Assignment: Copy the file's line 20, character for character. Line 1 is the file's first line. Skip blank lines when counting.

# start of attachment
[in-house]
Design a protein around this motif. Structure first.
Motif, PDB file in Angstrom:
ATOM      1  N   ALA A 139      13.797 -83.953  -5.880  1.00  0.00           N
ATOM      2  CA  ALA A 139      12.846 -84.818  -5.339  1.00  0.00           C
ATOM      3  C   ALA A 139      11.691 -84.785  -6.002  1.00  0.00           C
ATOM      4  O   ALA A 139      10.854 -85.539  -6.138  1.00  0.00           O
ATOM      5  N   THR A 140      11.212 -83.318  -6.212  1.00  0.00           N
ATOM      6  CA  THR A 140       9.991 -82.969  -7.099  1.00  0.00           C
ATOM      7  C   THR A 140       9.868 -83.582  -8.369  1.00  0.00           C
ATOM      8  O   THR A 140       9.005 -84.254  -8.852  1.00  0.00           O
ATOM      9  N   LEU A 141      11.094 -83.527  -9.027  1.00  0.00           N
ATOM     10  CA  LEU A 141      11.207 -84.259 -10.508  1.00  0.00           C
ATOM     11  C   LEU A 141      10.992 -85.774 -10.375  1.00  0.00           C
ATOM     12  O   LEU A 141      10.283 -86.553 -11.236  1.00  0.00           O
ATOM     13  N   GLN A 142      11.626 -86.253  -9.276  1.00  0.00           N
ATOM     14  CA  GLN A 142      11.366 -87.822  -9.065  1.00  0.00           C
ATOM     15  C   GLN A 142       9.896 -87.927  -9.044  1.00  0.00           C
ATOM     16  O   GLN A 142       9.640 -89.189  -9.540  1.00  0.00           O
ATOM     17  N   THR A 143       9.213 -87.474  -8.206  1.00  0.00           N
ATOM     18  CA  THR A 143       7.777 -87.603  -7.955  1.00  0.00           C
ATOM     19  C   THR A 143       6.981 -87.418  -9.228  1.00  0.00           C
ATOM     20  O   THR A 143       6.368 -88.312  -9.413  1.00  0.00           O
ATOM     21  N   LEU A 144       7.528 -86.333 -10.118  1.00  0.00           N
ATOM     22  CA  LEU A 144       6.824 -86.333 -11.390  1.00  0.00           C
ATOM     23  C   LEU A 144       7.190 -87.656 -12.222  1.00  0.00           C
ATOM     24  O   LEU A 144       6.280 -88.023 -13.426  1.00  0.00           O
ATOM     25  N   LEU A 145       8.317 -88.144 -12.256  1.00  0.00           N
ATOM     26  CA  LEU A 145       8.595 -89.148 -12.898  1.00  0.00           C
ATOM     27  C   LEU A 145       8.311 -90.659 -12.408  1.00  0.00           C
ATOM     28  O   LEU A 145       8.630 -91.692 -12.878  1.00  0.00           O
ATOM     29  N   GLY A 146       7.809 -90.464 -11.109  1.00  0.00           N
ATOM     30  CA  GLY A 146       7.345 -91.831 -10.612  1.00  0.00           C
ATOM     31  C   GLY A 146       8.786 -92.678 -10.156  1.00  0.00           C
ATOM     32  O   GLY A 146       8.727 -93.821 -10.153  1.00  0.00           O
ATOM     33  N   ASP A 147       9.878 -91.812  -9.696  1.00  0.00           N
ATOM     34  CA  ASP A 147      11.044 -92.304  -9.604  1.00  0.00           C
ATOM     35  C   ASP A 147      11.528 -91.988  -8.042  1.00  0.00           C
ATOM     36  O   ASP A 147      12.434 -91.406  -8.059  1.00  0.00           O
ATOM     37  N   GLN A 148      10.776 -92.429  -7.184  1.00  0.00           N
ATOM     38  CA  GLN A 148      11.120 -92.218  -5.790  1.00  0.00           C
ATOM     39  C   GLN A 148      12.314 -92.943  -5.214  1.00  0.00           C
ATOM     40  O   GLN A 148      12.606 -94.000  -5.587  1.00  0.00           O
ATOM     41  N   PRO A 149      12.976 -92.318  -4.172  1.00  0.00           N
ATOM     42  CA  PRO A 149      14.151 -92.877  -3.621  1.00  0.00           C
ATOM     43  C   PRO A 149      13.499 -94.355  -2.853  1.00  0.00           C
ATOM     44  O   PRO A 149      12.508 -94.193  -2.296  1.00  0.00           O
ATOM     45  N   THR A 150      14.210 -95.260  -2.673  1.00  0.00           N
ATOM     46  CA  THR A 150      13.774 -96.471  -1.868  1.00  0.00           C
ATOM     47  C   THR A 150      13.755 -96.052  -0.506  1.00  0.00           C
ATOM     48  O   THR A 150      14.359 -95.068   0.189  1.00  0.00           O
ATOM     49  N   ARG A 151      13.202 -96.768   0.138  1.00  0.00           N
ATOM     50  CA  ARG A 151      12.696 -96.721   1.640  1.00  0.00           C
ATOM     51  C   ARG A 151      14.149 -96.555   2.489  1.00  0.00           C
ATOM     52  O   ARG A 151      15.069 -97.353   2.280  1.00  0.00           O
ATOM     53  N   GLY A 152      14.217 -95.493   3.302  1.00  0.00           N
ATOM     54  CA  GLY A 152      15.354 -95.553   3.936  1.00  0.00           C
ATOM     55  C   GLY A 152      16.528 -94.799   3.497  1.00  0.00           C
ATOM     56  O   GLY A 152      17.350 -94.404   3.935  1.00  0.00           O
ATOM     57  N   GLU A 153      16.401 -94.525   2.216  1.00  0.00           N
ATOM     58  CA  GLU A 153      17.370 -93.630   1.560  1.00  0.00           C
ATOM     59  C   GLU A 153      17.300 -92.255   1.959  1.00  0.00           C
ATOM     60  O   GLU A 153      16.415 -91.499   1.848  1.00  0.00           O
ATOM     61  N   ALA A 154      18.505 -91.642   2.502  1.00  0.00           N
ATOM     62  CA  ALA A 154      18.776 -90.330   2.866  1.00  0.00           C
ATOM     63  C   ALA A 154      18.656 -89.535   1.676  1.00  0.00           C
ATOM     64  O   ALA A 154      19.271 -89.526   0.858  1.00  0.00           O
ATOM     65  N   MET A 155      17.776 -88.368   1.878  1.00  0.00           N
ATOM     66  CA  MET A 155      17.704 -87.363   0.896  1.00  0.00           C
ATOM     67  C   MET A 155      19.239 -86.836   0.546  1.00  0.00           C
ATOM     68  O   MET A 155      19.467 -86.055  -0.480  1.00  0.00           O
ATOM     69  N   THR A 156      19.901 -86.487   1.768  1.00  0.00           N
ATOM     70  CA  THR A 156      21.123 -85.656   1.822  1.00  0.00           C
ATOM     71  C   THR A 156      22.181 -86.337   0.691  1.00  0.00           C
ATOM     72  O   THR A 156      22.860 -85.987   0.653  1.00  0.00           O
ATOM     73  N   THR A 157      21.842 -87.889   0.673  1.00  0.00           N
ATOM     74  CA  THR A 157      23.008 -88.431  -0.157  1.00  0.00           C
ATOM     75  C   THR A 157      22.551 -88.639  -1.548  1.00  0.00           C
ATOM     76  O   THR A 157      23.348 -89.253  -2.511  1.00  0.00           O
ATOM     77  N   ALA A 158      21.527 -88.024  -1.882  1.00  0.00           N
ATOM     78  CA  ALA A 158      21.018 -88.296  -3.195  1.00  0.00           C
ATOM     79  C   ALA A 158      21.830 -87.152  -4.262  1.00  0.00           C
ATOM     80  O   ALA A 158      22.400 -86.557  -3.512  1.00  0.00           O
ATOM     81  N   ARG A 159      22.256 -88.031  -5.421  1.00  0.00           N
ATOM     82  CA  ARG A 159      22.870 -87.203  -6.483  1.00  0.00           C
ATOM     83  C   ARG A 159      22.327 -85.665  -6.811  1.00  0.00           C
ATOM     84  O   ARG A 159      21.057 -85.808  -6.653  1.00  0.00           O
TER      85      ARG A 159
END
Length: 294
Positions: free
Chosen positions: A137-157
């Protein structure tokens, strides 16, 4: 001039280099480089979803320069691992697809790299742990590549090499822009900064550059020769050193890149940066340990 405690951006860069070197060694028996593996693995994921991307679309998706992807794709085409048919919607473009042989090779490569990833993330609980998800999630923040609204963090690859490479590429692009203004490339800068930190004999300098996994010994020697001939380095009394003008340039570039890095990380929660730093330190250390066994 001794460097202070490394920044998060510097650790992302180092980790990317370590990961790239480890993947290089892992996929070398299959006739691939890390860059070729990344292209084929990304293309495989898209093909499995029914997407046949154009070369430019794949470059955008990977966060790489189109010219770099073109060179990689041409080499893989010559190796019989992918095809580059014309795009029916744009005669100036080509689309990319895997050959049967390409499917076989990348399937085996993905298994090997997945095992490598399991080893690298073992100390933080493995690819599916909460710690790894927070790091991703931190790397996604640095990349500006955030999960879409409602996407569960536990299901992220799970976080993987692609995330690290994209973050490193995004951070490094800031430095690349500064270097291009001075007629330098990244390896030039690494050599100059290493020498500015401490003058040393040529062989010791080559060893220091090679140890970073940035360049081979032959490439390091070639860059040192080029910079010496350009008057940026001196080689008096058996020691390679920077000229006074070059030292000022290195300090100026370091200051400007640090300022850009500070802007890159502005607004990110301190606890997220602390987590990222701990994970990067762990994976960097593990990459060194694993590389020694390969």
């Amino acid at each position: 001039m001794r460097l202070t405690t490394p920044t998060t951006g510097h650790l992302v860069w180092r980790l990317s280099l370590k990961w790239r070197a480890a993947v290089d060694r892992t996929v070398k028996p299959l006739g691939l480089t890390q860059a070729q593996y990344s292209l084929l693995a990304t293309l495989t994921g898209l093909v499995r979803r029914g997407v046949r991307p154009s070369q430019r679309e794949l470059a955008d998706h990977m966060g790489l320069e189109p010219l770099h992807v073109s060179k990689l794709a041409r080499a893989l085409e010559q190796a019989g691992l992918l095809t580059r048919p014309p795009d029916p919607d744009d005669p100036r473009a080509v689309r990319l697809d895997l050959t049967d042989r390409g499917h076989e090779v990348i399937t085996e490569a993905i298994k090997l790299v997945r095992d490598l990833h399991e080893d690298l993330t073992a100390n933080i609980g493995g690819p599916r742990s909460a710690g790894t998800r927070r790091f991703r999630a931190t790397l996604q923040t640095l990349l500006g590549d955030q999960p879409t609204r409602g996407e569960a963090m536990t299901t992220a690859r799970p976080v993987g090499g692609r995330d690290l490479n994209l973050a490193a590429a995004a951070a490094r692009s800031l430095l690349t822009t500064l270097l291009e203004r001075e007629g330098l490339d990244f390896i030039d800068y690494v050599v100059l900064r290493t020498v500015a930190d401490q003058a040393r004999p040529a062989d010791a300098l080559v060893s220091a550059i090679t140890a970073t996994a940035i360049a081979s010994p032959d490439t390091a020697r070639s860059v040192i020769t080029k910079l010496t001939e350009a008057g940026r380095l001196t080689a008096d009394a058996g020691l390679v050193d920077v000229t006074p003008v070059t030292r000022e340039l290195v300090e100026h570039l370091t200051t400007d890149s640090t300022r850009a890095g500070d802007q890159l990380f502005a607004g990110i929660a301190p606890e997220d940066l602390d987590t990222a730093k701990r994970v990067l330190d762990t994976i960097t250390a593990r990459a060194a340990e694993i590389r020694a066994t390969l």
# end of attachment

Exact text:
ATOM     17  N   THR A 143       9.213 -87.474  -8.206  1.00  0.00           N